At the heart of the two kingdoms doctrine is the conviction that though this world has fallen into sin, God continues to rule over all things. Nevertheless, God rules the world in two different ways. He is the one and only king, but He has established two kingdoms (or, two realms) in which He exercises His rule in distinct ways. God governs one kingdom, which Luther often called the kingdom of God’s “left hand” and Calvin the “civil” kingdom, as its creator and sustainer but not as its redeemer. This civil kingdom pertains to temporal, earthly, provisional matters, not matters of ultimate and spiritual importance. For Calvin (Luther put it slightly differently), the civil kingdom included matters of politics, law, and cultural life more generally. The ends of the civil kingdom were not salvation and eternal life but a relatively just, peaceful, and orderly existence in the present world in which Christians live as pilgrims away from their heavenly homeland. The other kingdom, which Luther termed the kingdom of God’s “right hand” and Calvin the “spiritual” kingdom, is also ruled by God, but He rules it not only as creator and sustainer but also as its redeemer in Christ. This kingdom pertains to things that are of ultimate and spiritual importance, the things of Christ’s heavenly, eschatological kingdom. Insofar as this spiritual kingdom has earthly existence, Calvin believed it must be found in the church and not in the state or other temporal institutions. In this kingdom, the gospel of salvation is preached, and the souls of believers are nourished unto eternal life. Although necessarily existing together and having some mutual interaction in this world, these two kingdoms enjoy a great measure of independence so that each can pursue the unique work entrusted to it.5
In this delineation of the two kingdoms, the first or common kingdom embraces all aspects of ordinary human life after the fall into sin. These aspects of human life include the institutions of marriage and family; the state or civil community with the “power of the sword” to maintain justice and outward order in society; the cultural mandate to exercise stewardly dominion over the creation; the development of human culture in the arts, music, science, education, recreational pursuits, and the like. The full range of human conduct before God, the Lord of creation, belongs originally and properly to the common kingdom of God, whose citizens and subjects are non-Christian and Christian alike. In distinction from this common kingdom, the redemptive kingdom is inclusive only of those aspects of the life of God’s redeemed people that properly belong to the ministry of the institutional church of Jesus Christ. The redemptive or spiritual kingdom of God is the church, the one realm over which Christ reigns directly as the mediator of redemption.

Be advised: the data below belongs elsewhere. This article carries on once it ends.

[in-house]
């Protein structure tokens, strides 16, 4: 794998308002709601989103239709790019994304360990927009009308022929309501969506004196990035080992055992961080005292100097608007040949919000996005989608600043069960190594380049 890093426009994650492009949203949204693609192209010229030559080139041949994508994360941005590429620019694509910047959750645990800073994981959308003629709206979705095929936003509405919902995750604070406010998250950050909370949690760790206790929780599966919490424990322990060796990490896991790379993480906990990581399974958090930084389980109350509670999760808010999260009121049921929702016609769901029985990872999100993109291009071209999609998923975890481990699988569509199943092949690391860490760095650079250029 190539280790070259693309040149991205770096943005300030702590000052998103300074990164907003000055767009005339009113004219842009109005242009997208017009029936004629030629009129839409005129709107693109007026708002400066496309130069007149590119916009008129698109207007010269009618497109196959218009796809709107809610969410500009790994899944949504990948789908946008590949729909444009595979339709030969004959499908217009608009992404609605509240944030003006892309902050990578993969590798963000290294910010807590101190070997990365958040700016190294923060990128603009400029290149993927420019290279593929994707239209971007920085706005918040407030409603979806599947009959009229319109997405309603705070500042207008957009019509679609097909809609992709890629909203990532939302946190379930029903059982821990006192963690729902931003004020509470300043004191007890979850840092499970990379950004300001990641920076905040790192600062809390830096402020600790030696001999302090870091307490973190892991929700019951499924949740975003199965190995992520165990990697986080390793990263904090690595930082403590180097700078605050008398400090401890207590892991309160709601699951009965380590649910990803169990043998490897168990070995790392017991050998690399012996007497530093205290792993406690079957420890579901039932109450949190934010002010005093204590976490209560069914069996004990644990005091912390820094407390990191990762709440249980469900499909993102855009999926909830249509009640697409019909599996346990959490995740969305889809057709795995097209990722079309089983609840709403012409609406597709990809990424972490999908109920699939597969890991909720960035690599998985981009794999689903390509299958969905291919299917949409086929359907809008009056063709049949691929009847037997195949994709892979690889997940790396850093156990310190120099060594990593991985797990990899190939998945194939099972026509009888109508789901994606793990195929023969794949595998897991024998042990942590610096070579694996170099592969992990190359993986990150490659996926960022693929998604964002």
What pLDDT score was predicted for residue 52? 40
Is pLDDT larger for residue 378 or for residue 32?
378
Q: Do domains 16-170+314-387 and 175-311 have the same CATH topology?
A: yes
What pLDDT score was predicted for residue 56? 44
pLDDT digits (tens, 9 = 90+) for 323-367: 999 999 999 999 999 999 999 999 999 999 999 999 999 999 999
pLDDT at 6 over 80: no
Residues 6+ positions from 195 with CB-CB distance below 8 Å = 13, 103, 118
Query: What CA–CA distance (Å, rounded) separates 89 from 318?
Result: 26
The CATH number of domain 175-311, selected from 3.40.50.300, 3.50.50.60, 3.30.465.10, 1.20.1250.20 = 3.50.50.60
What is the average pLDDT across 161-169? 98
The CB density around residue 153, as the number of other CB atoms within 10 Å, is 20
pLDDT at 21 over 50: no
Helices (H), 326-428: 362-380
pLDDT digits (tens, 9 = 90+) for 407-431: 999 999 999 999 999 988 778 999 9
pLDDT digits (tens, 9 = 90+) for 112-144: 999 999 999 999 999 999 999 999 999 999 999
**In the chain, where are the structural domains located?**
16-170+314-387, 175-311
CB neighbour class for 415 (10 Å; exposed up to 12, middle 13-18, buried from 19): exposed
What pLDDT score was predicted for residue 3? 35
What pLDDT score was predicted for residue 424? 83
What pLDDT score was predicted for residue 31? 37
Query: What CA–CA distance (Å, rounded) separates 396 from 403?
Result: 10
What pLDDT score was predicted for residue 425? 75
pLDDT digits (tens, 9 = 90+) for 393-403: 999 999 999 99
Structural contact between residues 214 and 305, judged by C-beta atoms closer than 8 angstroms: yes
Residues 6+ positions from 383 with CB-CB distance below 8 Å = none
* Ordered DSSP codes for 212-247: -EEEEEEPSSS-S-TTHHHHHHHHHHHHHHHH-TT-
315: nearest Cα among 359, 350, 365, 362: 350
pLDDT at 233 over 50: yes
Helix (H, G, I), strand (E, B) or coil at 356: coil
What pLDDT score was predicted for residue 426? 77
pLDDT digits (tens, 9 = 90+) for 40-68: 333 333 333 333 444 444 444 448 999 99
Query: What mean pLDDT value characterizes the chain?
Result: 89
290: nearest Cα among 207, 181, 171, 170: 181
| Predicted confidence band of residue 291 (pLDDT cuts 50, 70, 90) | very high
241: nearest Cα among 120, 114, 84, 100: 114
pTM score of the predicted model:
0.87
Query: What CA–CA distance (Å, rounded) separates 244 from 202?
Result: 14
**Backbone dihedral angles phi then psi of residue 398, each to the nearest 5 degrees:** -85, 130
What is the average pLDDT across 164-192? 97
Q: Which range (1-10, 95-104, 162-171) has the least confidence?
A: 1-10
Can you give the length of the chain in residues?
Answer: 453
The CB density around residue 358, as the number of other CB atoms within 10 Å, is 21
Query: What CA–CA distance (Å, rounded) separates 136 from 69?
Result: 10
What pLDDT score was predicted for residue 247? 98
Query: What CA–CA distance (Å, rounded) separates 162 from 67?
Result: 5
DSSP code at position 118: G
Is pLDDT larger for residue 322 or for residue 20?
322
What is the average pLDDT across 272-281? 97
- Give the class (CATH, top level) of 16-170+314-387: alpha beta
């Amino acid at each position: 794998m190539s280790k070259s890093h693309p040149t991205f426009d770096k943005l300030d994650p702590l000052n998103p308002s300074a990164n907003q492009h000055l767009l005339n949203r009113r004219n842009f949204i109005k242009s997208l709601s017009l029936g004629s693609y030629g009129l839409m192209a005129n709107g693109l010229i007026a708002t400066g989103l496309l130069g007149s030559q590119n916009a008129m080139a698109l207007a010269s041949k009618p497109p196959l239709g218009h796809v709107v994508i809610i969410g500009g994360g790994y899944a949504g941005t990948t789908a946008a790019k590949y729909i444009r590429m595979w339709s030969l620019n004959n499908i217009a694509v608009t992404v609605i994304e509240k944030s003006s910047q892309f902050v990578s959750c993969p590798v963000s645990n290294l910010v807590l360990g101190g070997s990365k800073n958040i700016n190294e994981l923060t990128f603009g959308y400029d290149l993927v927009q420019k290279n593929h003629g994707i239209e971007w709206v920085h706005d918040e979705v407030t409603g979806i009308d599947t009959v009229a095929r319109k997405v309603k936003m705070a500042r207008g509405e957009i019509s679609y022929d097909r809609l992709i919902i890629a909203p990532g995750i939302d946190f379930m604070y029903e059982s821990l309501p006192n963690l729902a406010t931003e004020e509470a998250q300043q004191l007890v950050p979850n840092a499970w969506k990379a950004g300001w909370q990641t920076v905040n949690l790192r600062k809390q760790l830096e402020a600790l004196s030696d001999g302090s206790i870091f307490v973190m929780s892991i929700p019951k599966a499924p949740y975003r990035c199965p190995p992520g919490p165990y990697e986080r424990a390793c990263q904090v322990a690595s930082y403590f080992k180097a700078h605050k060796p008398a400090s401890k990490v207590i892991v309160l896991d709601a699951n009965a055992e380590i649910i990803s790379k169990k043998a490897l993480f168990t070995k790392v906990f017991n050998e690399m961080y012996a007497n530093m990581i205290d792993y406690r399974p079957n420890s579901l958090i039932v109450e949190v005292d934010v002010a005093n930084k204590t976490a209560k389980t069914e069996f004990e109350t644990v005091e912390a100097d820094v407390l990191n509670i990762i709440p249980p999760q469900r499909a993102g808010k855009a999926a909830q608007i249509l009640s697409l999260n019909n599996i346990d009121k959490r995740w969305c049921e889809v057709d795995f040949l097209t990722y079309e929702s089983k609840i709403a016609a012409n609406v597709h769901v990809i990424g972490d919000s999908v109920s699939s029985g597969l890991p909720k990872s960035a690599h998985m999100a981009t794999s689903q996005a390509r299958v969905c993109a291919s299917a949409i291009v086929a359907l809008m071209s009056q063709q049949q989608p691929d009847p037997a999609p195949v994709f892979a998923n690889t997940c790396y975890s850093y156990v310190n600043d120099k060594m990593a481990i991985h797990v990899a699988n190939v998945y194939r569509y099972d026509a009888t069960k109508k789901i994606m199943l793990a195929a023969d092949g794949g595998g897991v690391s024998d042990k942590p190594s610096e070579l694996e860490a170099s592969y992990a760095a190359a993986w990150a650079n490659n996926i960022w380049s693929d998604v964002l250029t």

Natural Law: The Norm for Human Conduct in the Common Kingdom
The distinction between the spiritual and civil kingdoms is the appropriate context for a brief comment on the role of “natural law” in the 2KNL perspective. Whereas the spiritual kingdom, the church, is governed by Christ as Redeemer through His Spirit and Word, and this governance is an inward matter of the heart, the civil kingdom is governed by God as Creator through the natural law, especially in its moral content. According to VanDrunen, natural law “generally refers to the moral order inscribed in the world and especially in human nature, an order that is known to all people through their natural faculties (especially reason and/or conscience) even apart from supernatural divine revelation, that binds morally the whole of the human race.”6
If the civil kingdom is a moral realm, then the civil kingdom must have a moral standard appropriate to it. At least one basic fact demonstrates that natural law is certainly an appropriate moral standard for the civil kingdom. That fact is that the civil kingdom has been ordained by God as a common realm, a realm for all people of whatever religious conviction in which to live and pursue their cultural tasks, while natural law is God’s common moral revelation given to all people of whatever religious conviction. A common moral realm, in which all of created humanity enjoys membership, is rightly governed by a common moral standard that is revealed to all of created humanity. The civil kingdom is for human beings insofar as they are created and sustained by God; natural law morally obligates human beings insofar as they are created and sustained by God.7
In the 2KNL understanding of how the believer’s conduct is regulated in the redemptive kingdom or church, Christ’s lordship is expressed through the authority of special revelation, which is inscripturated in the Bible. Christ governs the life and ministry of the church by means of His Spirit and Word. The Bible is a book for the church, which tells the story of redemption in Jesus Christ, regulates the church’s worship, describes how its ministry of Word and sacrament is to be carried out, and reveals the distinctive features of the “law of Christ” that characterize the Christian life (e.g., tempering justice with mercy, turning the other cheek, being forgiving and patient when sinned against). However, the believer’s conduct in the common kingdom is governed by means of what can be known of God’s will through the natural law, which is accessible to all human beings. On the one hand, the Bible governs the life of the church. On the other hand, natural law and God’s providence are the “most elegant book” (Belgic Confession, Art. 2) that governs the common life of all human beings in God’s world. When it comes to the believer’s conduct and calling within the realm of the common kingdom, it is generally sufficient to ascertain what is right and good and true by way of a reading of the natural law.